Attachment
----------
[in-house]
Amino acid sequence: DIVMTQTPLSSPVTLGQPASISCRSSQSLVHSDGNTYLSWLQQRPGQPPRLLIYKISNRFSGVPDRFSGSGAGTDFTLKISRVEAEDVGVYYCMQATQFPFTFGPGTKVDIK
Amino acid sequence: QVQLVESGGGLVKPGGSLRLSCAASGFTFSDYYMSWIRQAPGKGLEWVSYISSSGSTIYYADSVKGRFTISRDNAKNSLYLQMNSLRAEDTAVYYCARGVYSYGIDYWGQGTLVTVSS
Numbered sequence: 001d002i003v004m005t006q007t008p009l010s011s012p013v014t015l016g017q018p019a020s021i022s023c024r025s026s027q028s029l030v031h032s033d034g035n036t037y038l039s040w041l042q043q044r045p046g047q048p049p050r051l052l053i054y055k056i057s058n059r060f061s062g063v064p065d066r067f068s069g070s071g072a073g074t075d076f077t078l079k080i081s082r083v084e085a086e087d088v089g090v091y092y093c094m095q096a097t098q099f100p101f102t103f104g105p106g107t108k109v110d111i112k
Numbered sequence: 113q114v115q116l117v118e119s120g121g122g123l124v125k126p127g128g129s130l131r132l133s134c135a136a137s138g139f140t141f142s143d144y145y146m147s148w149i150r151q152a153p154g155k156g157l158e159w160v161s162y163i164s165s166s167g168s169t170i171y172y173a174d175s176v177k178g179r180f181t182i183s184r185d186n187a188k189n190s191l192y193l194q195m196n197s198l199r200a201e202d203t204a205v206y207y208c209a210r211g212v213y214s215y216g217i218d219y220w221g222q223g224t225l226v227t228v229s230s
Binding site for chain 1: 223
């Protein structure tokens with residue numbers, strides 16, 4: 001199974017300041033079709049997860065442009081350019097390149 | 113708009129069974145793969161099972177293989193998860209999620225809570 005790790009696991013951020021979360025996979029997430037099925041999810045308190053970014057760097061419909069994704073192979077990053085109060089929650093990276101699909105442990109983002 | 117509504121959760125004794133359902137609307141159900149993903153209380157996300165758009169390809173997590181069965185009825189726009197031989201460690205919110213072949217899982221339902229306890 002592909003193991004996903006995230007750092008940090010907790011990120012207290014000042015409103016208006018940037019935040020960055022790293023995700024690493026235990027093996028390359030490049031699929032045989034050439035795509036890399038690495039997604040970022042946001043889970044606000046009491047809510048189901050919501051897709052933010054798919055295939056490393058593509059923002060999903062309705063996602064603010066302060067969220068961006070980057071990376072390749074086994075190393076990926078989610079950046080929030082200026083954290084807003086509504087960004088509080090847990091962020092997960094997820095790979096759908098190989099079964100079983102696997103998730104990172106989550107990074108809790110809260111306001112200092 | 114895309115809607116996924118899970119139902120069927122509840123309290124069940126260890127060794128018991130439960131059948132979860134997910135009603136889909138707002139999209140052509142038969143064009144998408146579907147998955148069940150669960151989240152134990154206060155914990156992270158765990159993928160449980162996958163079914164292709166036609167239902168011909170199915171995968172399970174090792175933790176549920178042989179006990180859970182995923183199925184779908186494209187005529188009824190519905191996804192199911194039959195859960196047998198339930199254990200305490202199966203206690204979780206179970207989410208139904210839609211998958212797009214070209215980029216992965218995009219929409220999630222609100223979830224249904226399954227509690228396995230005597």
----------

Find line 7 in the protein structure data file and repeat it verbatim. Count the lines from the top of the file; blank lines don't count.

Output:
């Protein structure tokens with residue numbers, strides 16, 4: 001199974017300041033079709049997860065442009081350019097390149 | 113708009129069974145793969161099972177293989193998860209999620225809570 005790790009696991013951020021979360025996979029997430037099925041999810045308190053970014057760097061419909069994704073192979077990053085109060089929650093990276101699909105442990109983002 | 117509504121959760125004794133359902137609307141159900149993903153209380157996300165758009169390809173997590181069965185009825189726009197031989201460690205919110213072949217899982221339902229306890 002592909003193991004996903006995230007750092008940090010907790011990120012207290014000042015409103016208006018940037019935040020960055022790293023995700024690493026235990027093996028390359030490049031699929032045989034050439035795509036890399038690495039997604040970022042946001043889970044606000046009491047809510048189901050919501051897709052933010054798919055295939056490393058593509059923002060999903062309705063996602064603010066302060067969220068961006070980057071990376072390749074086994075190393076990926078989610079950046080929030082200026083954290084807003086509504087960004088509080090847990091962020092997960094997820095790979096759908098190989099079964100079983102696997103998730104990172106989550107990074108809790110809260111306001112200092 | 114895309115809607116996924118899970119139902120069927122509840123309290124069940126260890127060794128018991130439960131059948132979860134997910135009603136889909138707002139999209140052509142038969143064009144998408146579907147998955148069940150669960151989240152134990154206060155914990156992270158765990159993928160449980162996958163079914164292709166036609167239902168011909170199915171995968172399970174090792175933790176549920178042989179006990180859970182995923183199925184779908186494209187005529188009824190519905191996804192199911194039959195859960196047998198339930199254990200305490202199966203206690204979780206179970207989410208139904210839609211998958212797009214070209215980029216992965218995009219929409220999630222609100223979830224249904226399954227509690228396995230005597």